A miniature train that runs through Lake Fairfax park near Reston derailed yesterday afternoon, tossing about 20 adults and children into the lake and injuring at least 11 of them.
Authorities said three of the injured were admitted to Fairfax Hospital for overnight observation. Most of the injuries were cuts and bruises, according to a hospital spokeswoman.
The manager of Lake Fairfax park, Michael Kane, said the miniature five-car train with 30 persons aboard was following its normal course at about 2 p.m. yesterday when it came down a slight embankment and crossed a tressel. "At this point, the third car rose up somewhat and then that car and the last two cars went over toward the lake," Kane said.
Kane said the train was traveling at 18 mph at the time of the accident. "That's slow for that area. It normally would have been going 20-to-21 mph," he said.
The driver of the train, 16-year-old Daphne Massa, has been employed as a seasonal worker since May. She was unavailable for comment.
Three adult passengers on the train, however, offered accounts that differed from Kane's. They agreed in separate interviews that the train was going dangerously fast when it came down a small hill after picking up passengers at the ticket booth.
Floridian Robert Bussey, who had taken a friend's 18-month-old child for the train ride, said the train accelerated as it came down the hill toward the lake.
"We were going at a pretty good clip and I thought to myself that this is too fast for a kiddie ride," he said an hour after the accident. As he spoke he held the child, whose leg had been cut. His left pant leg was rolled up above a cut on his shin.
"She (the engineer) blew her whistle as we came down that hill and I decided to grab hold of the baby. Just then the car tipped and we flew into the water. We rolled out of the car together but I lost hold of the baby. He landed between the rocks. When I found him, I dragged us both up on the bank. He was crying but okay," said Bussey.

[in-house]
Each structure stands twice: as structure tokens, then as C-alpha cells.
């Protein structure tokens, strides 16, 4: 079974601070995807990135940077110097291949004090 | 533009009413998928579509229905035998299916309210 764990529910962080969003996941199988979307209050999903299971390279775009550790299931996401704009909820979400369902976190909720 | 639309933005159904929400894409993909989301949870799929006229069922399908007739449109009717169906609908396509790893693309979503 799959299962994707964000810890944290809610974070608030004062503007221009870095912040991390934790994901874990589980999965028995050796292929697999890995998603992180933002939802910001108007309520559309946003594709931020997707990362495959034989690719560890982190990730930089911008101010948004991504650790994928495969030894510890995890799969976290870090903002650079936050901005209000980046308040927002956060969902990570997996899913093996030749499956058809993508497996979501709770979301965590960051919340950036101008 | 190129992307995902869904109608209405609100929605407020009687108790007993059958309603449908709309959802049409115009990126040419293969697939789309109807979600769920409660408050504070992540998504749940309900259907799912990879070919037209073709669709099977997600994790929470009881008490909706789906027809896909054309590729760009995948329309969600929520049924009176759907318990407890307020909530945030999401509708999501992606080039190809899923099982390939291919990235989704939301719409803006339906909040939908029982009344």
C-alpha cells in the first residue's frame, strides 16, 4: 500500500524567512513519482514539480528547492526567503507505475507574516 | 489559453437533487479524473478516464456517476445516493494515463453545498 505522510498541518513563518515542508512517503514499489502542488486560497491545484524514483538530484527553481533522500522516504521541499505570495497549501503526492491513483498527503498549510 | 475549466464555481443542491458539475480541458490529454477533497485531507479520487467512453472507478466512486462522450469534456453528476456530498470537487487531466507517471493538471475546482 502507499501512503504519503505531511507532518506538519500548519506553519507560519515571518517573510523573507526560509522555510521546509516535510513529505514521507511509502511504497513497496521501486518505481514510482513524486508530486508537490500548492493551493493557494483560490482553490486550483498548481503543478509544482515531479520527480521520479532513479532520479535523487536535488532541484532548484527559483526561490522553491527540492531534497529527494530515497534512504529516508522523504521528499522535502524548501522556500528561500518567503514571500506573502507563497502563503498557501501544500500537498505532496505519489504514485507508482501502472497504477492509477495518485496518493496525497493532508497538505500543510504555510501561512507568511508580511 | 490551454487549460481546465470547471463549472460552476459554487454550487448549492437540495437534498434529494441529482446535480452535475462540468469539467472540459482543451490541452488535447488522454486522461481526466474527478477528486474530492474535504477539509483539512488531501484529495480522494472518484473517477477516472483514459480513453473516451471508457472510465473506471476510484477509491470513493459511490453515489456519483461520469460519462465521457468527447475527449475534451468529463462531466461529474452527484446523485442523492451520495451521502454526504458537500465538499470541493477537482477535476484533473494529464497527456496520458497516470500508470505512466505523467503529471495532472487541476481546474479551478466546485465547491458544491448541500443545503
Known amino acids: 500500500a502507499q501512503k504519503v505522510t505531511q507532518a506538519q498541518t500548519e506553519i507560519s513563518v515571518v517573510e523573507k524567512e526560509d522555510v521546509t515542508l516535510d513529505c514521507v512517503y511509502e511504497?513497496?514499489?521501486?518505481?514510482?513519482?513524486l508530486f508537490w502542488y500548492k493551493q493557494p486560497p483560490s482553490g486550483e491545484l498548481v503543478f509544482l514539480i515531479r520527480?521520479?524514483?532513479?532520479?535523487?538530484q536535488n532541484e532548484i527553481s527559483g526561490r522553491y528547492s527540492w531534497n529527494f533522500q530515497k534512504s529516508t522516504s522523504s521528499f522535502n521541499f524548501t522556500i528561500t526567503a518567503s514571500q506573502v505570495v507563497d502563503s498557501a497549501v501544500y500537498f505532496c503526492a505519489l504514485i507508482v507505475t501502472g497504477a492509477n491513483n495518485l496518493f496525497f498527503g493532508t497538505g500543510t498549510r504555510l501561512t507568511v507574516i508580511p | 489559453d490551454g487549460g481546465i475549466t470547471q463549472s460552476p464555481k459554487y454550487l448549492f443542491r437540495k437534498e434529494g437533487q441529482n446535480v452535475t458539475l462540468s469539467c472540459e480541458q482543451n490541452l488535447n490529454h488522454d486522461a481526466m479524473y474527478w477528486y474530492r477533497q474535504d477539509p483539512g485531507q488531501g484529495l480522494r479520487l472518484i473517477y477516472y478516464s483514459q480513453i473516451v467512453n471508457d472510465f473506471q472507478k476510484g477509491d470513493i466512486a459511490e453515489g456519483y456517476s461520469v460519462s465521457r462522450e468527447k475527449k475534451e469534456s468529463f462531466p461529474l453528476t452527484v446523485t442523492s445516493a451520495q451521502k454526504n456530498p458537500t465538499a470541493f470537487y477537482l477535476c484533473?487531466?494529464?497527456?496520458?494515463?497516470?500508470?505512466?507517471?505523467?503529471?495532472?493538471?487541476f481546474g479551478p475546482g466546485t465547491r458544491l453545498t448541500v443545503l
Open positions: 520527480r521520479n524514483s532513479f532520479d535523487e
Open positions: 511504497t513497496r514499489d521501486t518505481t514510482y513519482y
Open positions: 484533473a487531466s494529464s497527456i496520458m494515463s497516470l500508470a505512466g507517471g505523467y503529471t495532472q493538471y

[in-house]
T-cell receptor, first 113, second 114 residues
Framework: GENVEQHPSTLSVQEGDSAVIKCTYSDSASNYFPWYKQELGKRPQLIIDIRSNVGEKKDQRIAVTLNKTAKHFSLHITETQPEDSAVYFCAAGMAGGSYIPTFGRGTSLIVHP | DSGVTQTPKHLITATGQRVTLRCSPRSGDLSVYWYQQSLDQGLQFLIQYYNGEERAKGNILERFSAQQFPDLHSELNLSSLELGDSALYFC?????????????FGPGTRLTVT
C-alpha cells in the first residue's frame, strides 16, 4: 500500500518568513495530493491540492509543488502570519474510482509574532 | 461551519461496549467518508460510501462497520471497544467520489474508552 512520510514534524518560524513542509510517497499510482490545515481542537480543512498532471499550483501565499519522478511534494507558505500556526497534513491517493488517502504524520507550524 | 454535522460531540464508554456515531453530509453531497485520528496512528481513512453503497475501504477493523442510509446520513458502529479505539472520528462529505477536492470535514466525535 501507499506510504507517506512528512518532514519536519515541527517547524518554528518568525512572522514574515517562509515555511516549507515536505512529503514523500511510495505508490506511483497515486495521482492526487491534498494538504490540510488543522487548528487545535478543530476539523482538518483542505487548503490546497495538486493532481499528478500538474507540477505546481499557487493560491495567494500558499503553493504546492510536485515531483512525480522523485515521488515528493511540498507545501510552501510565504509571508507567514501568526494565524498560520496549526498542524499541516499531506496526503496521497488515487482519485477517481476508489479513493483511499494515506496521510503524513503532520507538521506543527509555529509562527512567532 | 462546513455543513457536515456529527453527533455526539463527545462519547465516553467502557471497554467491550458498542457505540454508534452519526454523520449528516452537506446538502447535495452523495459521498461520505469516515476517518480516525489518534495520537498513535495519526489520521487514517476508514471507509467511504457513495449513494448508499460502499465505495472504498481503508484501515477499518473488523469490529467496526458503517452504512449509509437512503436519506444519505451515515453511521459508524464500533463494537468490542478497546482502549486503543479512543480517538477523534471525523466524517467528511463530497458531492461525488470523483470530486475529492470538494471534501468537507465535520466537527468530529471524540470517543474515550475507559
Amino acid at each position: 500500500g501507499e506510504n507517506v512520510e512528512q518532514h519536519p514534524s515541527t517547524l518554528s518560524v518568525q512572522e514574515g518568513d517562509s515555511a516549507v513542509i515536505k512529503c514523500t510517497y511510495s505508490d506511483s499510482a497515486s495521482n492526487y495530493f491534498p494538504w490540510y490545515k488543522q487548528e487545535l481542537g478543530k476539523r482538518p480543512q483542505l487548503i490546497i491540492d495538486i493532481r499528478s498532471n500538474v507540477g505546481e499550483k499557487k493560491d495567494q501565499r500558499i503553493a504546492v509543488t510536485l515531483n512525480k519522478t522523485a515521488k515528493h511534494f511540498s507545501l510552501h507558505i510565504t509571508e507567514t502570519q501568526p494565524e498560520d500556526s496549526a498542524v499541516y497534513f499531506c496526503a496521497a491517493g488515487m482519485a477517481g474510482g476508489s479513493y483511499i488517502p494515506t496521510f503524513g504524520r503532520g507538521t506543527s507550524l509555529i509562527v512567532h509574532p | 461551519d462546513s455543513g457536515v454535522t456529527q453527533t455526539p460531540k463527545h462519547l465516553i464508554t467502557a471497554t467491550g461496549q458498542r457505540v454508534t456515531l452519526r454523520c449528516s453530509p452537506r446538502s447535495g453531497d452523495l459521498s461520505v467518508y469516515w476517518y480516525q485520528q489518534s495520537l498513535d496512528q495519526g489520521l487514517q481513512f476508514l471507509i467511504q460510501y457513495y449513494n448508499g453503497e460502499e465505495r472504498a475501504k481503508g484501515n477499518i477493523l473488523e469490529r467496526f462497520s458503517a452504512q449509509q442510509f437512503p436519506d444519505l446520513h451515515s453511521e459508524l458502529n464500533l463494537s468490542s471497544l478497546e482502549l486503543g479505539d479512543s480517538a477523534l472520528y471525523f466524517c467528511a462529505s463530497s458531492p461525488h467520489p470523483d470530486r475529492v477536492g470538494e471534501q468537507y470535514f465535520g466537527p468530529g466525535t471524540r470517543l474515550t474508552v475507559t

Several adults who were riding in the forward cars remembered scrambling to safety as they heard screams around them.
Tina Busenberg was sitting with her 3-year=old son, George, directly behind the engineer. "The ride was like a roller coaster and going way too fast," said Busenberg. "I saw smoke as the train came to a stop. I grabbed George and we climbed out. I looked back and all these people were in the water and hurt. People were screaming and babies were crying."
Gladys Hayes and her three nieces and nephews were riding in the second car of the train. She too said that the train was traveling too fast when the accident occurred.
After she and her charges scrambled from the upright car, Hayes said she went to find the driver of the train. "I said to her that she was going too fast and she said to me that she couldn't slow it down," said Hayes.
Fairfax County police are investigating the accident. They said that, at this point, there is no indication of negligence on the part of the driver. Parts of the derailed train cars will be sent to a lab to help determine the cause of the accident, they said.
Back at the ticket booth where the train tickets are normally sold a hand lettered sign was taped with two band-aids to a post.It said: "Train is closed."